12. Up top, we went with ARP head studs for the same reasons we went with studs on the main caps. Besides offering superior clamping power and sealing, going with head studs will make any future head changes we think of a snap, and also put less wear on the block threads.
13. For the cam, we went to the valvetrain experts at Comp Cams for a custom-ground hydraulic roller similar to an LS9 cam. Our cam has a 122.5-degree lobe-separation angle with lift of 0.557 intake/0.572 exhaust, duration at 0.050 of 212/230, ground on a three-bolt LS1 cam core with the rear reluctor so we could use the rear-mounted cam sensor on the 6.0L block.
14. Early LS engines used a three-bolt cam nose to retain the cam sprocket, similar to the Gen I engines. Later, GM went to a single-bolt configuration on some applications.
15. LS motors use this cam retainer plate to keep the cam from walking in the block. We ordered a factory GM plate for our build, PN 12589016.
16. The only source for an LS valley cover is either the junkyard or Chevrolet Performance. We ordered a new one through Summit, PN 12577927.
17. We also ordered from Chevrolet Performance a set of factory roller lifters (PN 12499225) and lifter guides, PN 12551162 (sold as a set of four). When buying a bare LS block, there are certain factory-only
components you’ll need to get, like we did. Page 258 of the 2013 Chevrolet Performance catalog lists all the part numbers necessary for this under “Block Completion Components” so you won’t miss anything.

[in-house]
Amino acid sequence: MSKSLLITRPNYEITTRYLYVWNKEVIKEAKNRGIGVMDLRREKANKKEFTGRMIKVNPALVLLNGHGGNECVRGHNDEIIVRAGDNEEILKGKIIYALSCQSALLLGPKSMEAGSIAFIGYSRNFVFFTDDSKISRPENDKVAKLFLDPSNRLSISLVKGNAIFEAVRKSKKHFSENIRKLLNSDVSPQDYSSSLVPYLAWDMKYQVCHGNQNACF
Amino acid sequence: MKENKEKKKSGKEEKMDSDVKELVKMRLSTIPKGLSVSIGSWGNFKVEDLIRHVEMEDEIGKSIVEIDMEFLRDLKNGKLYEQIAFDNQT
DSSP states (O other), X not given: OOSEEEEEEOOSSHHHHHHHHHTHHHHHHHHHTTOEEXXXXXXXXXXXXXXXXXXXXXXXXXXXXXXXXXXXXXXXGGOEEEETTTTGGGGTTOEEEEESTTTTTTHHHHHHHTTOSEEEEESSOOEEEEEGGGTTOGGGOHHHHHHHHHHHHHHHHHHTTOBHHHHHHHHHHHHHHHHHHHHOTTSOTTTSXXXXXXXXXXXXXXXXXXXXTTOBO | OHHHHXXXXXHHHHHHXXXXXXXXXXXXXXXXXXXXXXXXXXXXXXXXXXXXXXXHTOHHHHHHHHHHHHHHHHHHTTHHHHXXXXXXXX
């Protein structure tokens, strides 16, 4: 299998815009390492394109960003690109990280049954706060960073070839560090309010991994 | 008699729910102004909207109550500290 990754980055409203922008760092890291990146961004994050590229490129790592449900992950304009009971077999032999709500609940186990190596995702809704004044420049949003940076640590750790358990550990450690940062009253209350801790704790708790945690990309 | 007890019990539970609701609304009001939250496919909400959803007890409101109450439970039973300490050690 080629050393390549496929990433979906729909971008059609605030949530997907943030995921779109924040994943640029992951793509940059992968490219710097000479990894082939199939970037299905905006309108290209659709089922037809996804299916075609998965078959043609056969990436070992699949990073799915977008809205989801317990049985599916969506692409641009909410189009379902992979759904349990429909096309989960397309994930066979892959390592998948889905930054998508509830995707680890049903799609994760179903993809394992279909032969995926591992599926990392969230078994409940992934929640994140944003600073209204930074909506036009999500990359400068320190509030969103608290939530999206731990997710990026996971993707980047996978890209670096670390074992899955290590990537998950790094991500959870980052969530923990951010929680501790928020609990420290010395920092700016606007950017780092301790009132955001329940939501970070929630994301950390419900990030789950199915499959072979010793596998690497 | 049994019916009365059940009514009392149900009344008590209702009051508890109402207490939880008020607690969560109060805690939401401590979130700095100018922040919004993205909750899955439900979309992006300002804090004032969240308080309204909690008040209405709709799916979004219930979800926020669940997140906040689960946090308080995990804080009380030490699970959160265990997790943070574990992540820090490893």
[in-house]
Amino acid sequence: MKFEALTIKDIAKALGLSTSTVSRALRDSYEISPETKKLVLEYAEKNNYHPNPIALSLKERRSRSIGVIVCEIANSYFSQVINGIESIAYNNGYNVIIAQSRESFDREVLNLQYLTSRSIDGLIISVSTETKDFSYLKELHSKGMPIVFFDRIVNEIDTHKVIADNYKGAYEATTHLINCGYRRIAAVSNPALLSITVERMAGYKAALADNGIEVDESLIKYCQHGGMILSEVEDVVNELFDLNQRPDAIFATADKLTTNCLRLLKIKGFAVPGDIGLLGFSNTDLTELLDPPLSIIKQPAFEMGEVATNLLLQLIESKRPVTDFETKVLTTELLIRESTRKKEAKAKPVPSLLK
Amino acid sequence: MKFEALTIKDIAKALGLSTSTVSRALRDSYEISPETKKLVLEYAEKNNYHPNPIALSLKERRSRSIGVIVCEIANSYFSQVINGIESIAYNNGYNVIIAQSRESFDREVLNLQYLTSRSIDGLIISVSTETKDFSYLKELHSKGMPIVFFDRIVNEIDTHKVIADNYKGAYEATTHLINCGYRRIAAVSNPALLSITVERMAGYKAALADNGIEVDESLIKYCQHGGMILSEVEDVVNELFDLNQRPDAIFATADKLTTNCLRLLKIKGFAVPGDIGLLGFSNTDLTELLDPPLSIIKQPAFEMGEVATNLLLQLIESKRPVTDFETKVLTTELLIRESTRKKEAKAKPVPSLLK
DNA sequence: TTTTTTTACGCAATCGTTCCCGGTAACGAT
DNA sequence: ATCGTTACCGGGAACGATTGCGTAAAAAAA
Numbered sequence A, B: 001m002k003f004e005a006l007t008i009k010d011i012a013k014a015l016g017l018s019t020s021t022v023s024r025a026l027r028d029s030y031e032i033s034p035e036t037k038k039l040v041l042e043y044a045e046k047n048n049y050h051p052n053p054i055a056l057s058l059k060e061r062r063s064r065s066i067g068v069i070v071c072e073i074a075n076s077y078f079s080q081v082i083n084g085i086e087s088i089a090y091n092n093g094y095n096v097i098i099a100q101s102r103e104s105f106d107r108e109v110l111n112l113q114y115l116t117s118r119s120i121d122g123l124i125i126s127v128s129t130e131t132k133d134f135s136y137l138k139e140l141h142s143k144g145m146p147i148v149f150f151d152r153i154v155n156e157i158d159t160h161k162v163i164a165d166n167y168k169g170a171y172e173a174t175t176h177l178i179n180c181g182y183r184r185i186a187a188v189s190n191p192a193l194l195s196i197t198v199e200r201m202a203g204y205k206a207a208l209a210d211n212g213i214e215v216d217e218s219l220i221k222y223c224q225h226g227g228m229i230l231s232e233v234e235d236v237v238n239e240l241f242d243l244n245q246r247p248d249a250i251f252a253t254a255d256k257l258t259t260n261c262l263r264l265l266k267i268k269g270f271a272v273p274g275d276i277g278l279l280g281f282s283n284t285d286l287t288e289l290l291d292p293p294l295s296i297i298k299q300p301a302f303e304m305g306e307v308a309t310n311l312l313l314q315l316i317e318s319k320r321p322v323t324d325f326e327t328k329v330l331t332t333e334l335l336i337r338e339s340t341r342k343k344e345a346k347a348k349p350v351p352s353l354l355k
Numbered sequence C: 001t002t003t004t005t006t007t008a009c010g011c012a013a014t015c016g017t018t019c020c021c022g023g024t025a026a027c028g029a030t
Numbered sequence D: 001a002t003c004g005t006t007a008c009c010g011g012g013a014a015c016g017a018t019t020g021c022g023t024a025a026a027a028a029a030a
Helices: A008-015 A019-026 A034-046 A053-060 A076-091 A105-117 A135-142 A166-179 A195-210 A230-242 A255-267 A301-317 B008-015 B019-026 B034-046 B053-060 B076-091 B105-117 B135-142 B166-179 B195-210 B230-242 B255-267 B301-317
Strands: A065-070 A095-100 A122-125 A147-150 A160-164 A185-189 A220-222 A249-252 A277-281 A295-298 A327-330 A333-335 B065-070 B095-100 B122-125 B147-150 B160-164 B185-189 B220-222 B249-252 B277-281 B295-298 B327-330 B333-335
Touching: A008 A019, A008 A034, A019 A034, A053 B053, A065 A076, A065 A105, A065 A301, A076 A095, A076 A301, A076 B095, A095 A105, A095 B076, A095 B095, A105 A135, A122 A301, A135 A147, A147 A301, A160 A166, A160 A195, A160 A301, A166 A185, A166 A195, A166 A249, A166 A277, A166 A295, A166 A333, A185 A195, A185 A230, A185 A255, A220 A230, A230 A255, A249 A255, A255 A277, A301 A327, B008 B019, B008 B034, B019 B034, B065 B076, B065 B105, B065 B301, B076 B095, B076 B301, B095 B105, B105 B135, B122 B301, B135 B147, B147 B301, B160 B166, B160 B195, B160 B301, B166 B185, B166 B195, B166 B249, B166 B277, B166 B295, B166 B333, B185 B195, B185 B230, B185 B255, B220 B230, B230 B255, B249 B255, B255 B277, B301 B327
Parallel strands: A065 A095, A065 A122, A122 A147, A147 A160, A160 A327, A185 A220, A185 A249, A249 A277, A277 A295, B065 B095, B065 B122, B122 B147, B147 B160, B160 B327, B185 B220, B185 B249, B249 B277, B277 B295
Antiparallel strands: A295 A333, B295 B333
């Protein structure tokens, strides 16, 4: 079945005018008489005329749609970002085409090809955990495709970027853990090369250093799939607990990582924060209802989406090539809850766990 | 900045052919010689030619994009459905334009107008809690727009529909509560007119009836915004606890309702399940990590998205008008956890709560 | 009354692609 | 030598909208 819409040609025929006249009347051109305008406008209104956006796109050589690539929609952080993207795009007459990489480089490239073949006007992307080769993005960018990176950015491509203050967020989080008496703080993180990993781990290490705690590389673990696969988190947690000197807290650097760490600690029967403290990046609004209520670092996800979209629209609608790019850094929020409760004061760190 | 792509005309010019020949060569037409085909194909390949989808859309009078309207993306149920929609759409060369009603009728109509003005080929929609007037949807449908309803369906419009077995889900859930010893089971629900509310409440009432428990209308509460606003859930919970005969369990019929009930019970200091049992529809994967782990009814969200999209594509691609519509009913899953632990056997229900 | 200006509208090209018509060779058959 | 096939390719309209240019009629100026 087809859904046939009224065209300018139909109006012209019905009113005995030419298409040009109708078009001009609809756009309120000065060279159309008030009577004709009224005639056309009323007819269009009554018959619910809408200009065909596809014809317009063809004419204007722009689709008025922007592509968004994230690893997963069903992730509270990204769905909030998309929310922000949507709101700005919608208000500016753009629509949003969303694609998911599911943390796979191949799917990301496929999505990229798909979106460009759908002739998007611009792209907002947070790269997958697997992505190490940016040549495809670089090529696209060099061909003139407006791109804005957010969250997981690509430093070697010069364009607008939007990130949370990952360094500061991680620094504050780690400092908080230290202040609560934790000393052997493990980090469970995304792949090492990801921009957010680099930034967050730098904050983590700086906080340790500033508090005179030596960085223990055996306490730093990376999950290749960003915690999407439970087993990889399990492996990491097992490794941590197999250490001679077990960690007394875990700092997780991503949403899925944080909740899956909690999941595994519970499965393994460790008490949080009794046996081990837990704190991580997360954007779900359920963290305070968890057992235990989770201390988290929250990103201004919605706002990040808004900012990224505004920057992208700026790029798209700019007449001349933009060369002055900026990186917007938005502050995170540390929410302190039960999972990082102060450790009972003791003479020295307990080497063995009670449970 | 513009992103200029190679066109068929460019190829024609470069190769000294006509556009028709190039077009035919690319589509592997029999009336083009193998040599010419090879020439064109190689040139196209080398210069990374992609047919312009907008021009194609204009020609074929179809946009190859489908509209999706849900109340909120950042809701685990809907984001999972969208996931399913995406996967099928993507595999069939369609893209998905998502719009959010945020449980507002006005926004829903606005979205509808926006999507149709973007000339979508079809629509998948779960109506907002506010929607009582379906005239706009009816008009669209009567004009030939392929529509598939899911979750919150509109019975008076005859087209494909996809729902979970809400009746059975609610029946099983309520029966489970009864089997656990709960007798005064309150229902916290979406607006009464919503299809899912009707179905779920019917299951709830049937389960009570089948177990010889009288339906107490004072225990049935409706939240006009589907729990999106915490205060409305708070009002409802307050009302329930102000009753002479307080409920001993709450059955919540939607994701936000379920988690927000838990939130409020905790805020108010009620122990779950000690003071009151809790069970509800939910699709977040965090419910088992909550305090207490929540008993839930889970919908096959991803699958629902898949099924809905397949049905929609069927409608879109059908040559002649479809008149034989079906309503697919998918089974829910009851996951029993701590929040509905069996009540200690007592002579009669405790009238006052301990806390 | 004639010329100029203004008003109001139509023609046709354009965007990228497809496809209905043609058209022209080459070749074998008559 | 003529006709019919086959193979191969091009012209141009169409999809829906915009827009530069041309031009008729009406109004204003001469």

18. The lifter guides not only keep the lifters from rotating while the engine is running, but they also hold up the lifters for easy camshaft removal without having to take off the heads and remove the lifters.
19. We hit up the ARP catalog for all the best fasteners for our LS79, including a set of valley cover bolts, PN 134-8002.
20. For the timing chain, we went with Comp’s adjustable timing set, PN 3158KT.
21. Like we said before, we hit up the ARP catalog for just about all the fasteners to build our LS79. ARP has an extensive line of bolts and studs for LS engines in both stainless and black-oxide finish.
22. To supply our motor with plenty of oil, we got a Melling high-volume oil pump, PN 10296, that features a CNC-machined body and hardened steel gears.
23. For the front cover, we went with the early-style (no cam sensor) from Chevrolet Performance, PN 12561243. To install the cover properly, you need a special alignment tool (seen in photo). If you just try to guess at it, you’ll probably end up with the crank seal leaking.
24. The rear cover is also a Chevrolet Performance–only unit, PN 12639250, but it’s available for ordering through Summit Racing, just like the rest of the Chevrolet Performance parts used in this build.
25 & 26. For an oil pan that would be compatible with whatever classic Chevy we decide to install the LS79 in, we went to Mast Motorsports for its LS conversion pan, PN 401-111.